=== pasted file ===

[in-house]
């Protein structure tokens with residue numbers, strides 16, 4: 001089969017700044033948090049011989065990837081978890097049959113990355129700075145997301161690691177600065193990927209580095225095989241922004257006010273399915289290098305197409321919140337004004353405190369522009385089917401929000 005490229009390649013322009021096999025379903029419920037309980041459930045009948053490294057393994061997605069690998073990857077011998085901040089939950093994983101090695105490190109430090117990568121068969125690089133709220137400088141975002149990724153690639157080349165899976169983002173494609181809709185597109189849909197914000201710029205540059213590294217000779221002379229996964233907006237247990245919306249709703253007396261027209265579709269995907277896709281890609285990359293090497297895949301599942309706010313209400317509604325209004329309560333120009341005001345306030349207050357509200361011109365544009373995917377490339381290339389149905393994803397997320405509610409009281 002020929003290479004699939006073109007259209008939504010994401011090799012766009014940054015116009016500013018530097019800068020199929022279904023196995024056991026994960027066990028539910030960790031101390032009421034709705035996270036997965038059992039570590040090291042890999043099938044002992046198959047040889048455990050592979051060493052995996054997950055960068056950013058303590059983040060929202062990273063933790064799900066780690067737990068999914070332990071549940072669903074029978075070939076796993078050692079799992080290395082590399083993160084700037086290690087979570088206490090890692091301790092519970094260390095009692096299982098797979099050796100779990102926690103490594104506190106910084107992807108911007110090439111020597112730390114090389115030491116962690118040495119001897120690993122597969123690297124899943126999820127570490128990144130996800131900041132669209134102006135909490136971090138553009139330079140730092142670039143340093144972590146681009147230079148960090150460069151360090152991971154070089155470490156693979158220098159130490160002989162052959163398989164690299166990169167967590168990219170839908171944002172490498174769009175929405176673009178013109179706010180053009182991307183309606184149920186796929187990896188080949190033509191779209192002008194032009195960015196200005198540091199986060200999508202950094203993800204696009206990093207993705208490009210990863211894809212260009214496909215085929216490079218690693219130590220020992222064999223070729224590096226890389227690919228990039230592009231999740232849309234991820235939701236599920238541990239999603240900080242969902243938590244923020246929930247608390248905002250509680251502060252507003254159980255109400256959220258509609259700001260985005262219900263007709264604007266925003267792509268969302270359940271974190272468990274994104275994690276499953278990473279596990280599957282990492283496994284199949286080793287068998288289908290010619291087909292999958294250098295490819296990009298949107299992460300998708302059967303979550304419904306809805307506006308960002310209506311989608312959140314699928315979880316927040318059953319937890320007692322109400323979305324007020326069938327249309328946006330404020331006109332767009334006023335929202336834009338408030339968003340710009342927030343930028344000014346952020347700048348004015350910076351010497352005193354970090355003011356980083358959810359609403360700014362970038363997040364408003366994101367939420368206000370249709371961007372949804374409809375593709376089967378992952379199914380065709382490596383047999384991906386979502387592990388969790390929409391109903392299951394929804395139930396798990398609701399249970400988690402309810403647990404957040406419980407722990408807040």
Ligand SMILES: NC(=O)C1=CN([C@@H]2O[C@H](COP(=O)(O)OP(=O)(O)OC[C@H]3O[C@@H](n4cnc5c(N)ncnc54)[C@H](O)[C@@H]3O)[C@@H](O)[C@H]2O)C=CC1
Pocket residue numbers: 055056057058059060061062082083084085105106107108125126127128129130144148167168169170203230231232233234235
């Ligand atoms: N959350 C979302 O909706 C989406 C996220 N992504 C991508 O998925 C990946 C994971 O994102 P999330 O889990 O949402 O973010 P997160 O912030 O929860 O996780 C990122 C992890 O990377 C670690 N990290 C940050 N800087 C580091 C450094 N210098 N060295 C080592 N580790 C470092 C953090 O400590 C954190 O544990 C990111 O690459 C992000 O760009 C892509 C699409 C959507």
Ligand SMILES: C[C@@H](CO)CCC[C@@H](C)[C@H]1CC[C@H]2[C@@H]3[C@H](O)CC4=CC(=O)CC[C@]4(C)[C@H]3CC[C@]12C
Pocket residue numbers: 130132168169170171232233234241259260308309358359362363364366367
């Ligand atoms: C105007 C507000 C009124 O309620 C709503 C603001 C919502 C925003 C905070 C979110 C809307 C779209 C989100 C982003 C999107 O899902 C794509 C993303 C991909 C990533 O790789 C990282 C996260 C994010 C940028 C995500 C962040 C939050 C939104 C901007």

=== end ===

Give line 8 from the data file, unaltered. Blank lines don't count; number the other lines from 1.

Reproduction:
């Ligand atoms: C105007 C507000 C009124 O309620 C709503 C603001 C919502 C925003 C905070 C979110 C809307 C779209 C989100 C982003 C999107 O899902 C794509 C993303 C991909 C990533 O790789 C990282 C996260 C994010 C940028 C995500 C962040 C939050 C939104 C901007």